This should go without saying, yet apparently it doesn’t.
Design Rule #13: When a user gestures or fills out a form or clicks a button or speaks their audio input or whatever…give them appropriate feedback.
Of course, the word appropriate is subjective. How do you know how much feedback to give? Let’s look at the extremes:
- Very little or no feedback. The user would say, “Did it work?”. Confusion is the normal result. I find that engineers often think that it’s obvious and minimal feedback is fine. This is incorrect and will lead to technical support calls.
- Too much feedback. Sometimes, every single gesture is met with a modal saying, “It worked!” with an OK button. This is obnoxious after a while. Your system shouldn’t be annoying. It should be polite and responsive. (Not in the mobile way, I mean in the ‘it responds to you’ way)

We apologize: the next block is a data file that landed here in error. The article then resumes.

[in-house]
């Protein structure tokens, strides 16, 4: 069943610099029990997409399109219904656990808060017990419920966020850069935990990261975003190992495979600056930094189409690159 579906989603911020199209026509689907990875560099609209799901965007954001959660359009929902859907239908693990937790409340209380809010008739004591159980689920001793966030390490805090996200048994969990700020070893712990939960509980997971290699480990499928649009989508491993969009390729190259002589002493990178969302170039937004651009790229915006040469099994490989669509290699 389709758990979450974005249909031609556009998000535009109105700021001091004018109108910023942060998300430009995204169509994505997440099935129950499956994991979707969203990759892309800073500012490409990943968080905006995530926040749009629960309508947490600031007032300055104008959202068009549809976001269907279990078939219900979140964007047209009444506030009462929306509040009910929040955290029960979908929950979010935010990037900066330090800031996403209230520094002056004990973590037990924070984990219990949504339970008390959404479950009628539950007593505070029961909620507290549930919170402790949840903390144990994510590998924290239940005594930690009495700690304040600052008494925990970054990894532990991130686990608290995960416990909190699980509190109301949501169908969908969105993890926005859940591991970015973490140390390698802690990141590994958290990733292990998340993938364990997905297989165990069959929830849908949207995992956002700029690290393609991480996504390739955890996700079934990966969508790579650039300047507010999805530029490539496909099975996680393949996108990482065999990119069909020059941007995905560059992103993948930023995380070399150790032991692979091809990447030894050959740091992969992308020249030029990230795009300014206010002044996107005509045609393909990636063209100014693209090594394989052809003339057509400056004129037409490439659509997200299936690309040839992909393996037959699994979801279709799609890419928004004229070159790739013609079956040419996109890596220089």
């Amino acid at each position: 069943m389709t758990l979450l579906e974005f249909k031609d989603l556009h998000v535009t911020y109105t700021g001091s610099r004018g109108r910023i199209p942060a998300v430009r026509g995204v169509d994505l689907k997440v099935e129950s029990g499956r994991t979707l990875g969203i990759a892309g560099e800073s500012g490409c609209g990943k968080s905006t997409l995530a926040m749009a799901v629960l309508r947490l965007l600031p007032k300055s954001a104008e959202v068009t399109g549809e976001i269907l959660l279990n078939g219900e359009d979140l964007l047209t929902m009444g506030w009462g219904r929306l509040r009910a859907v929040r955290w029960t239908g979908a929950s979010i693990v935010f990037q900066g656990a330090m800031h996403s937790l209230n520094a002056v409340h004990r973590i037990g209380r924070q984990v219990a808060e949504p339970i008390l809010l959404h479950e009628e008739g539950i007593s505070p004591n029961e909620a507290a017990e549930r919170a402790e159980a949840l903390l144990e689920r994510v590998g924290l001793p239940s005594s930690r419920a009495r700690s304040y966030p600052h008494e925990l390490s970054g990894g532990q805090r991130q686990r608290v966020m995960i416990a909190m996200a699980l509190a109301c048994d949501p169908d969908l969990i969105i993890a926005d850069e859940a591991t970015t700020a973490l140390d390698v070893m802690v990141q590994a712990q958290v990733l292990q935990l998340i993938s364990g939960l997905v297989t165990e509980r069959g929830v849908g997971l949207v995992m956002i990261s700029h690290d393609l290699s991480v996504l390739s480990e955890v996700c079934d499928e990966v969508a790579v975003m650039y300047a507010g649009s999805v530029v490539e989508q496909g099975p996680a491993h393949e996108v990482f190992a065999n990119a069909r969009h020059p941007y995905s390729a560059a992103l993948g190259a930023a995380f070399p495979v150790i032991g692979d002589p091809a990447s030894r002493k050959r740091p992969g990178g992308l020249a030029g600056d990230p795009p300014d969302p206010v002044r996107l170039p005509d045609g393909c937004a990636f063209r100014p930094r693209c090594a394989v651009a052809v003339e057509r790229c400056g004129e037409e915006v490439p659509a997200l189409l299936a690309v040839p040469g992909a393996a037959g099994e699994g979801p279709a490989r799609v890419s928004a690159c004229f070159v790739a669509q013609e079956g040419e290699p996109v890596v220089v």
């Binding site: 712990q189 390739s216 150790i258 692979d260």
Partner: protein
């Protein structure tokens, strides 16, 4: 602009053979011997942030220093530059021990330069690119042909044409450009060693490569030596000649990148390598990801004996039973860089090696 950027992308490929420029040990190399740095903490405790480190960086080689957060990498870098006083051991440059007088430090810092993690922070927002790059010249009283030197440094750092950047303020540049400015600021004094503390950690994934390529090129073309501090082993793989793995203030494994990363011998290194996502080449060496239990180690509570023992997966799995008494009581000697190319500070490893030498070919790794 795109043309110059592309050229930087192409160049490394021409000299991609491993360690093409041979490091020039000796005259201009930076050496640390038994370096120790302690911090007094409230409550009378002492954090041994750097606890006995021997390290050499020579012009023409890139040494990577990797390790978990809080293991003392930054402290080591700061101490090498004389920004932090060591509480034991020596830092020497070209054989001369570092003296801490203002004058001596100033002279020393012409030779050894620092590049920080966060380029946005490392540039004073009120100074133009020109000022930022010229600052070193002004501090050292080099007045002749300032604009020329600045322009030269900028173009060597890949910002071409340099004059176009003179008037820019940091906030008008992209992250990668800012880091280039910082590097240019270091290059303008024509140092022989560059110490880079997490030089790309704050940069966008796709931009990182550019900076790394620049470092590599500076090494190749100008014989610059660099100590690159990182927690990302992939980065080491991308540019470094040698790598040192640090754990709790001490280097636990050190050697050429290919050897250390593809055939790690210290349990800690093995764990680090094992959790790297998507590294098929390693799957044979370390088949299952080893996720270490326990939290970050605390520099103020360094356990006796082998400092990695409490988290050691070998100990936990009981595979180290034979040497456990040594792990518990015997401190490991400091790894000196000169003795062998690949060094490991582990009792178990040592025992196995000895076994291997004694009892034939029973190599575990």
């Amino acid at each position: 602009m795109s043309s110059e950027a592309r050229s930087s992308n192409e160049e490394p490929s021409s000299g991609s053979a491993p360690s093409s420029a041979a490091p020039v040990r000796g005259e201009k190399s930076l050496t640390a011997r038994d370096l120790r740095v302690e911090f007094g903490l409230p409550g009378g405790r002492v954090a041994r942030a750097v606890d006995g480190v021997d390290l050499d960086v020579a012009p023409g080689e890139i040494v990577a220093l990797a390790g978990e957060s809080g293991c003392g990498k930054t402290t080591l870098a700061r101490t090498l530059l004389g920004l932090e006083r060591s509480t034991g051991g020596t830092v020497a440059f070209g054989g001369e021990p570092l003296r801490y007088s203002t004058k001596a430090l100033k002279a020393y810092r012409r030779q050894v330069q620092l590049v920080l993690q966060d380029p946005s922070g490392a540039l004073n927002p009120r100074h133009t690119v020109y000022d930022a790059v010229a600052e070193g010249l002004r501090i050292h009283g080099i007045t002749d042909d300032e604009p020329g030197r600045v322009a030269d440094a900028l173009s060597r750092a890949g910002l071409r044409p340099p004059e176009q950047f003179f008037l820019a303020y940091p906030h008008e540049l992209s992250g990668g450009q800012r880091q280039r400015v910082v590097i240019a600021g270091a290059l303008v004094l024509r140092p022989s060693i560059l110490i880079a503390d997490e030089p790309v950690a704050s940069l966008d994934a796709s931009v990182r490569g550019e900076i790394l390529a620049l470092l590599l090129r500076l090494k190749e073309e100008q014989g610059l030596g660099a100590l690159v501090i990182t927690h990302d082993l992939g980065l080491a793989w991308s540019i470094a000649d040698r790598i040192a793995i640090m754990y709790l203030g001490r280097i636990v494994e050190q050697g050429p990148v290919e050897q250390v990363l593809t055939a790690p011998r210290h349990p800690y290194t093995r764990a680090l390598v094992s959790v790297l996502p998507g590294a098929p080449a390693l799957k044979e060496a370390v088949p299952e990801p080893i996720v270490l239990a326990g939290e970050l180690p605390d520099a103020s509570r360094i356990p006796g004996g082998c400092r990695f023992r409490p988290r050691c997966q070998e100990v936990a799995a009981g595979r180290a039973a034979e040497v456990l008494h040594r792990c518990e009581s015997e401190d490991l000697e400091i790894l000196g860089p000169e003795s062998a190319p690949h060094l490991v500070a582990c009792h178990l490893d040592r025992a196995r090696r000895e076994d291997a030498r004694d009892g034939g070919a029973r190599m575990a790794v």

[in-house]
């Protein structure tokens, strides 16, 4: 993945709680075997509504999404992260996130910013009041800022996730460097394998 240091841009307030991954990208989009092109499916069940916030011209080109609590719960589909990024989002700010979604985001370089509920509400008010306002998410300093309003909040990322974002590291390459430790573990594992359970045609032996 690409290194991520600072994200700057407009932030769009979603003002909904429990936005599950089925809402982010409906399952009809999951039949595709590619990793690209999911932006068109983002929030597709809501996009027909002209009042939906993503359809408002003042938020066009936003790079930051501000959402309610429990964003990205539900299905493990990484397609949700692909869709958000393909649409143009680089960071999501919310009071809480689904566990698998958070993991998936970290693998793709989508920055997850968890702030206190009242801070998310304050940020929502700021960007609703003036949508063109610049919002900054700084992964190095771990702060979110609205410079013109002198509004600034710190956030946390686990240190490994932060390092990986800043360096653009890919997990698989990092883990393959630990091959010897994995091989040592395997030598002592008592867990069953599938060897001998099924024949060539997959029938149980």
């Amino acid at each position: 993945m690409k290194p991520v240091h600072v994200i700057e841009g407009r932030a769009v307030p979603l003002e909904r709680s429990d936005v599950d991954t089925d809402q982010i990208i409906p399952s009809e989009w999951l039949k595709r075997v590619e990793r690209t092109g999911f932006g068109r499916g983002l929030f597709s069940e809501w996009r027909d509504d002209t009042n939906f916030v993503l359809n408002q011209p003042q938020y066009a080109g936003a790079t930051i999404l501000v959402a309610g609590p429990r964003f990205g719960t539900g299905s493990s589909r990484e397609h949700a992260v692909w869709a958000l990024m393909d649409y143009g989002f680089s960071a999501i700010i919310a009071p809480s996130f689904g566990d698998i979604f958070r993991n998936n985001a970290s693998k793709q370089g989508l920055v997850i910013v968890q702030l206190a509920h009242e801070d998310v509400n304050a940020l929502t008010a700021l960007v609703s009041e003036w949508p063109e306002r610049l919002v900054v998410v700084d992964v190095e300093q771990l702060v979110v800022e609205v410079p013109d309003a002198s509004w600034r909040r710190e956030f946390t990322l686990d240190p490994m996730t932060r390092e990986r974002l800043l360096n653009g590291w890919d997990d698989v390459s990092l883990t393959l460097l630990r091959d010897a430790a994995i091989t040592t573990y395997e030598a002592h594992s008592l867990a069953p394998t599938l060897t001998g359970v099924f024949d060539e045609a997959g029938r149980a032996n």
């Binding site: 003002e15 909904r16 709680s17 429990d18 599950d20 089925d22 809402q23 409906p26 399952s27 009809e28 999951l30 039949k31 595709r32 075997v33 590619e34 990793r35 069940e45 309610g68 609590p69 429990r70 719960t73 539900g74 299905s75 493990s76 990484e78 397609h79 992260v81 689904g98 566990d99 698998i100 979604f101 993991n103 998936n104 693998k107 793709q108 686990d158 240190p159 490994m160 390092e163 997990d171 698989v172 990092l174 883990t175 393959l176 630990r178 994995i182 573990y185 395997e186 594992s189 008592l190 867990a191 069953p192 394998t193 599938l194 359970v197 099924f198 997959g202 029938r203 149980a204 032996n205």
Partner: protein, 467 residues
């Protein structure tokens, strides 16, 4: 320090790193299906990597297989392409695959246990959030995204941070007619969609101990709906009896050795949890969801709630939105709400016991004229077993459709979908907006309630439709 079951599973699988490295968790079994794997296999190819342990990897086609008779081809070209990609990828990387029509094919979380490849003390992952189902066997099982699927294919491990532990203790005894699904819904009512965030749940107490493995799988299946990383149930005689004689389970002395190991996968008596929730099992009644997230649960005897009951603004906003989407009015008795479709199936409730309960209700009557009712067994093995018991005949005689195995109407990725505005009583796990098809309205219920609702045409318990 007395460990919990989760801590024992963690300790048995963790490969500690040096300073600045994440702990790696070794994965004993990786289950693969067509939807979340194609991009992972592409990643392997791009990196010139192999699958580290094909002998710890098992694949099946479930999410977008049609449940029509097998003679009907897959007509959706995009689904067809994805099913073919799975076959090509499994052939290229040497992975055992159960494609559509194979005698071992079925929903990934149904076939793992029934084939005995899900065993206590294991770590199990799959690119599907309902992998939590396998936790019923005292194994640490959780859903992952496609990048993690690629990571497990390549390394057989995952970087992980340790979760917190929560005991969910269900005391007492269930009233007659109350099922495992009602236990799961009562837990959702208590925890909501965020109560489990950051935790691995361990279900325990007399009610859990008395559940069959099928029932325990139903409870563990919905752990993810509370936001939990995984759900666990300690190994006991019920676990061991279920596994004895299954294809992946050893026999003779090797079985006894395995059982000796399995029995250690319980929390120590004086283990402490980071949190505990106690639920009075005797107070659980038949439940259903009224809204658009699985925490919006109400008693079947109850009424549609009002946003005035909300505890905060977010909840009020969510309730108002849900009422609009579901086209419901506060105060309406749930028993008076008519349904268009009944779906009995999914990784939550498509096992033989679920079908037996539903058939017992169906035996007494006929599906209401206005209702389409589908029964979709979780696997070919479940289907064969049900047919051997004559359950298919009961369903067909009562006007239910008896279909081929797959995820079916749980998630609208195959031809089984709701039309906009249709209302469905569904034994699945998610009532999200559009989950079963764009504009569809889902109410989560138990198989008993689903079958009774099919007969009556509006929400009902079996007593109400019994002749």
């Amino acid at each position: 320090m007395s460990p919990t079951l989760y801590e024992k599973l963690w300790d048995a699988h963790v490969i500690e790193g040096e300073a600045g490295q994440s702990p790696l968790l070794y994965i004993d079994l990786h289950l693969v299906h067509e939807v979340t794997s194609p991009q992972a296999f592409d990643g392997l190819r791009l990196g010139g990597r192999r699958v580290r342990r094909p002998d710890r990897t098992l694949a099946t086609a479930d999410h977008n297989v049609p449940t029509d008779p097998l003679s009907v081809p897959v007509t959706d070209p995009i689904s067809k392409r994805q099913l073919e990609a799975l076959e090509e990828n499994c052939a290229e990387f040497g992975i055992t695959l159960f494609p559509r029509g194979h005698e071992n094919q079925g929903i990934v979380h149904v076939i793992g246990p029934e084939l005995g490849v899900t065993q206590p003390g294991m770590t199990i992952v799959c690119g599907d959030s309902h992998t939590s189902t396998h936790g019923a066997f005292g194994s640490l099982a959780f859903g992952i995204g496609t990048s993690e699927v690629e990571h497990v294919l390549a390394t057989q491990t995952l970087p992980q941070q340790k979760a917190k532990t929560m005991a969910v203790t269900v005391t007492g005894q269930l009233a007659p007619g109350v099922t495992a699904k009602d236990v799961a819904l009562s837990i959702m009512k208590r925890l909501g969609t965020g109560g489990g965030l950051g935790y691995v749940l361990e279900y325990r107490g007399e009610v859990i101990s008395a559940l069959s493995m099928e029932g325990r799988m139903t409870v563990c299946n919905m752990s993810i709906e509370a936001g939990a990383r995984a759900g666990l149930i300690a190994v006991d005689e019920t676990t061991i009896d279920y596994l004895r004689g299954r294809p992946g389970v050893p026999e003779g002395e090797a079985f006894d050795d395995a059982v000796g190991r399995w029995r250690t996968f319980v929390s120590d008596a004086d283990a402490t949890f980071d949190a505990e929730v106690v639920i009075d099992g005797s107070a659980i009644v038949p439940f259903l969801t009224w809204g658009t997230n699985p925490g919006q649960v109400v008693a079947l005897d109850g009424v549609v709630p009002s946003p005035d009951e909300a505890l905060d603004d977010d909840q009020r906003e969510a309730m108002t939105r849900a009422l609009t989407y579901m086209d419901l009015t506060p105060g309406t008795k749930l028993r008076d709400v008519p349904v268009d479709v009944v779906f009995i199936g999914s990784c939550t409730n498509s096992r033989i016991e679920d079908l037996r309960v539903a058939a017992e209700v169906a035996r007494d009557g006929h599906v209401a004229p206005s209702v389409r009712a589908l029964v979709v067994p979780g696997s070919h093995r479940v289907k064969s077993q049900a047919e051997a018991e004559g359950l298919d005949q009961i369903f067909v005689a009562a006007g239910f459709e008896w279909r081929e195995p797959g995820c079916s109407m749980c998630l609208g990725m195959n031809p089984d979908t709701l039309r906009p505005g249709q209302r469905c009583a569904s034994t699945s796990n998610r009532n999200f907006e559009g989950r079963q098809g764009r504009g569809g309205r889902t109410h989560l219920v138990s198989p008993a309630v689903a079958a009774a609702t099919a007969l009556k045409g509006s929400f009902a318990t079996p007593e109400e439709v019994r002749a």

Here is a handy chart to understand the right level of feedback.
Good feedback should use animation when possible. Google Material Design is a great pioneer in this. Use their calculator. It has subtle but noticeable feedback with each press of a number. Contrarily, when I use Skype, the feedback is far away from the action and very hard to notice.
It’s a balance and part of the art and craft of design is striking that Goldilocks level where it is just enough, but not more.